The secret world of Progress

Many organisations would be better off using Progress but just don't know about it, writes Nick Langley

Many organisations would be better off using Progress but just don't know about it, writes Nick Langley

What is it?

Progress is a relational database and development environment, used mostly by independent software suppliers to build applications. However, low maintenance and minimal end-user support mean that it also has a following among companies that want to keep IT overheads down.

Progress leads the embedded database market, with a 20% share (Sybase is second with 15%; Oracle seventh with 2%). Embedded databases are sold as part of applications, rather than as relational database management systems in their own right.

Unfortunately this means that many organisations that might be better off with Progress simply do not know about it. As IDC puts it, "Progress Software is a well-established embedded DBMS [database management system] supplier, yetÉ is not generally perceived as a DBMS supplier at all."

IDC describes Progress Version 9.1 as "a DBMS that could well start to challenge the DBMS leaders in the enterprise arena".

Where did it originate?

The Progress Software Corporation was founded in 1981.

What is it for?

More than 70% of Progress' revenues come via software houses. There are more than 2,000 of them selling upwards of 5,000 Progress applications, which are used by 10,000 customer organisations worldwide.

The independent software supplier sector is particularly sensitive to the growth of the application service provider (ASP) model, where customers rent software from a hosting company rather than buying it outright. Progress Version 9.1B, released last year, was optimised for the ASP market, with greatly increased scalability, support for the thin-client model and a move from proprietary technology to Internet standards.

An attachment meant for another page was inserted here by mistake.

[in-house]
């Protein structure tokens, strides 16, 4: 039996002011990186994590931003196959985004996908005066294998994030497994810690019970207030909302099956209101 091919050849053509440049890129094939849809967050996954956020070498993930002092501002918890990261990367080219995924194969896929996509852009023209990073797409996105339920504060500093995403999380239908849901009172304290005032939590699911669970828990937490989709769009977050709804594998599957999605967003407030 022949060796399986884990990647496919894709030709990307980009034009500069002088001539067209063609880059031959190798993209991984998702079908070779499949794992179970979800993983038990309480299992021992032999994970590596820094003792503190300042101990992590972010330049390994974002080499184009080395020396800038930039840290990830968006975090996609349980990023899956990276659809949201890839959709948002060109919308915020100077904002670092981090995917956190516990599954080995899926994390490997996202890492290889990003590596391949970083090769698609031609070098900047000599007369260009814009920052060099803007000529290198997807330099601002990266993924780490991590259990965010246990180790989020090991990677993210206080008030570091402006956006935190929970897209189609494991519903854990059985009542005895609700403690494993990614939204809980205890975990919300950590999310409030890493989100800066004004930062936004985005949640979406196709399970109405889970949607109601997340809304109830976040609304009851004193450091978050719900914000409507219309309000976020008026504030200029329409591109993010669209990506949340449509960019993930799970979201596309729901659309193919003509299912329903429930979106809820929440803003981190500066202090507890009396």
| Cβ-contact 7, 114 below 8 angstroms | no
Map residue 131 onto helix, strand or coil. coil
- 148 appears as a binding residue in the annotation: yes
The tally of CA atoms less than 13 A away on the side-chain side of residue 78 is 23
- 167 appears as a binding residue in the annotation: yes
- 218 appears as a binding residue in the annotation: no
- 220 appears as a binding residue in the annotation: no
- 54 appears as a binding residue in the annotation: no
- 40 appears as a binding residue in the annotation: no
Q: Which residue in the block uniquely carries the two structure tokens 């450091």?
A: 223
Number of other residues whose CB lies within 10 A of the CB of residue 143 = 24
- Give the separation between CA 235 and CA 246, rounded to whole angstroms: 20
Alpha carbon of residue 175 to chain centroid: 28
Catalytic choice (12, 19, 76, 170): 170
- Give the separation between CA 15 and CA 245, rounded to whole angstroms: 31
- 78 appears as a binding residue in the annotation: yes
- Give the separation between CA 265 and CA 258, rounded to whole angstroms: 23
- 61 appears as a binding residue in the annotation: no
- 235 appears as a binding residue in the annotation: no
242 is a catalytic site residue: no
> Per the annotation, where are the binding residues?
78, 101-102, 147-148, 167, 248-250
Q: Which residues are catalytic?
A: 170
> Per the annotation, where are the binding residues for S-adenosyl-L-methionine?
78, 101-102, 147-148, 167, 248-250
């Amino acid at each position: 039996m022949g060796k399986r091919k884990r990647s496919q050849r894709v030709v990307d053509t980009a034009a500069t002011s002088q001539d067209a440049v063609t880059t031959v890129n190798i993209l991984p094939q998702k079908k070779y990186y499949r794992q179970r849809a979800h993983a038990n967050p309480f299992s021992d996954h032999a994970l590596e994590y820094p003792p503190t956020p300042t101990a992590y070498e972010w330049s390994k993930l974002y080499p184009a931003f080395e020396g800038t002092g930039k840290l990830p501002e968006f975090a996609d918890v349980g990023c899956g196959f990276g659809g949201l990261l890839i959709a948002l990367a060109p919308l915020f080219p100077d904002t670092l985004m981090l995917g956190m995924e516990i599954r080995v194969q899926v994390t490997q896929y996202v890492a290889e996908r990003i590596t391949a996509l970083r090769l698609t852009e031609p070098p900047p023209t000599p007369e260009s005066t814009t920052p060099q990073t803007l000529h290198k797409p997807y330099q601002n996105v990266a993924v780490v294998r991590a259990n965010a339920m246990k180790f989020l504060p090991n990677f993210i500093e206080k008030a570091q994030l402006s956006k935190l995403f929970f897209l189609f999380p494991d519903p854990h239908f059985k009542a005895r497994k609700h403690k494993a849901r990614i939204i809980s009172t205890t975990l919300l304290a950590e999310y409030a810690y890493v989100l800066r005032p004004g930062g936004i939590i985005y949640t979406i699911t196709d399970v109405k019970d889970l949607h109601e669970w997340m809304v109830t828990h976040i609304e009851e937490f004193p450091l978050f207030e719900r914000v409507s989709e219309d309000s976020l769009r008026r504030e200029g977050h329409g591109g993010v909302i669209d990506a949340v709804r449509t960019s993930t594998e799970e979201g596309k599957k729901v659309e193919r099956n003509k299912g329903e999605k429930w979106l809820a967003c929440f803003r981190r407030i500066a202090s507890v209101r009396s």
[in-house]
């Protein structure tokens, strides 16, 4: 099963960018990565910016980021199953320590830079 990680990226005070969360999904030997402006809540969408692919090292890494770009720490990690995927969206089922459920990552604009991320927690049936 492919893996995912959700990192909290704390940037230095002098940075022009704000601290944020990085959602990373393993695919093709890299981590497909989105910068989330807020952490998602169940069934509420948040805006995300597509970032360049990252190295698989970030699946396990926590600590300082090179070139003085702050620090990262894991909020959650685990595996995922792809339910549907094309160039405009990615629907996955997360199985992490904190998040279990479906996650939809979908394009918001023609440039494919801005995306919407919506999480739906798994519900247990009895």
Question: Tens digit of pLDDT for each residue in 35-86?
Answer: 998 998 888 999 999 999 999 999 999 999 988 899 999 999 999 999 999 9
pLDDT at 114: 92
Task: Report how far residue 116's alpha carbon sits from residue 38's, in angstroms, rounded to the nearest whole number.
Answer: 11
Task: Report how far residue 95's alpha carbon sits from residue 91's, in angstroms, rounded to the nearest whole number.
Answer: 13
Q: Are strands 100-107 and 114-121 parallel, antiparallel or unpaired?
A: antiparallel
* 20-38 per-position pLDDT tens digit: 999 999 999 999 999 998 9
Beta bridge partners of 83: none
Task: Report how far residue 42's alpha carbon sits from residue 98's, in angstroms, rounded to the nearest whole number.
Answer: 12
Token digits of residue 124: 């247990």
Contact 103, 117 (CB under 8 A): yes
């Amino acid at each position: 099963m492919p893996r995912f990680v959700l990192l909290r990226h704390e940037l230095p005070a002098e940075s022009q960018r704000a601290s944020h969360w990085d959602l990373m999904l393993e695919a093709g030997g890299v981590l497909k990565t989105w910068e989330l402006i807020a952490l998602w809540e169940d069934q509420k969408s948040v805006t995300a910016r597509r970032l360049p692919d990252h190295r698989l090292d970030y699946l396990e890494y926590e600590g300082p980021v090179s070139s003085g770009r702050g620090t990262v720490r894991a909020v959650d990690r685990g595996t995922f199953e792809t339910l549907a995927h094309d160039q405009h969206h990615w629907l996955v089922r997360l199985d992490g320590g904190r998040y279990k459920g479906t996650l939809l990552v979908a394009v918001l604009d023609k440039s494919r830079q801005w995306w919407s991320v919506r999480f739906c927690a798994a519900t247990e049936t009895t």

Progress' Application Service Provider Enablement (Aspen) programme offers smaller suppliers the technology, services and alliances they need to make the move to the Web.

What makes it special?

Low cost of ownership. Self-tuning and self-management capabilities mean suppliers are not lumbered with costly end-user support, and end-users do not have to employ database administrators.

How difficult is it?

Progress says that people can be productive with its English-like 4GL within a couple of months. The most recent versions support Java and XML development.

Where is it used?

Software houses and their customers. It is also used as a development platform by Specsavers and Rentokil, among others.

What does it run on?

Windows; Unix, including HP/UX, AIX and Solaris; Linux; and AS/400.

Are there many jobs?

An Internet job search will give you at least four times as many hits for Progress as for Oracle.

What's coming up?

Progress has released the source code of its application development environment under an open source licensing model. Participants will be able to add functionality, trouble-shoot, submit patches and promote their own expertise. For more, see the Progress Open Source Software Exchange (Posse),

Rates of pay

Programmer £23,000

Analyst programmer £27,511

Senior analyst programmer £33,915

Source: Computer Weekly/SSP survey


One week's classroom training in Progress programming costs £1,625. See for classroom and self-study courses.

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